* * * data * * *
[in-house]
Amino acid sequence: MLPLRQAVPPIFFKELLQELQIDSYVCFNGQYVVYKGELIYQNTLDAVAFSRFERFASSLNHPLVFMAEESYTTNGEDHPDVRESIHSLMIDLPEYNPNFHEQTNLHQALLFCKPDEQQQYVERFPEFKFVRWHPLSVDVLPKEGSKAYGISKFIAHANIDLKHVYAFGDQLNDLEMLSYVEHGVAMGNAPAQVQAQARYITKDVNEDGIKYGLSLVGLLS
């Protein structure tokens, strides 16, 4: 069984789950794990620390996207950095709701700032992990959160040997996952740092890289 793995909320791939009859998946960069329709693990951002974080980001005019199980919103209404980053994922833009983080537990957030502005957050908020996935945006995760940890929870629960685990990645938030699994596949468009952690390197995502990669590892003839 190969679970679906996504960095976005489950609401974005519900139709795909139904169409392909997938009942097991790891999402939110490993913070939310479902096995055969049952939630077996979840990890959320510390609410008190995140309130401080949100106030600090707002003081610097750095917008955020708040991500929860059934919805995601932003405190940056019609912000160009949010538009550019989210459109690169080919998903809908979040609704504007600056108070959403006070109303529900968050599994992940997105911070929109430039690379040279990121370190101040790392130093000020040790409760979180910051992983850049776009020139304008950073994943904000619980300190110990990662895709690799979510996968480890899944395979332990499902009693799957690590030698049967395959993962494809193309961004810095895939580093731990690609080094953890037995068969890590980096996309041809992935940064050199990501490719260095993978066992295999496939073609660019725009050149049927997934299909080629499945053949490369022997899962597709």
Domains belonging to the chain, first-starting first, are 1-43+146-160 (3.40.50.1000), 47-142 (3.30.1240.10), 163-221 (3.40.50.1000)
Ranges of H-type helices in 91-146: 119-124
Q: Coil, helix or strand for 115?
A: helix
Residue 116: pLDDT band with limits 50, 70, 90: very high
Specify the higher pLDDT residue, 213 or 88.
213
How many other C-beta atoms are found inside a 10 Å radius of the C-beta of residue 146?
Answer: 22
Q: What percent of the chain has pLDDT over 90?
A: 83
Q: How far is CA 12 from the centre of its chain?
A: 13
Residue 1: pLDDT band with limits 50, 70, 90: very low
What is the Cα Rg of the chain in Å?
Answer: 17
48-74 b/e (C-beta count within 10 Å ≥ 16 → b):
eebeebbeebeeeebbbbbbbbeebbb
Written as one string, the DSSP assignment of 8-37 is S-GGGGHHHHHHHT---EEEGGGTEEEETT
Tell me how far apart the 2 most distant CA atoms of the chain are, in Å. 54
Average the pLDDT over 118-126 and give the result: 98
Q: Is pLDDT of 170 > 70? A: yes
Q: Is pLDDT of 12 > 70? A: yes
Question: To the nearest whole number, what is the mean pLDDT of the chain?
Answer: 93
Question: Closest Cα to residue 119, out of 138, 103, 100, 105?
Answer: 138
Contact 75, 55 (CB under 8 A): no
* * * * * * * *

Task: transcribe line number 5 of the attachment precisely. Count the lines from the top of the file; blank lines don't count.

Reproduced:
Ranges of H-type helices in 91-146: 119-124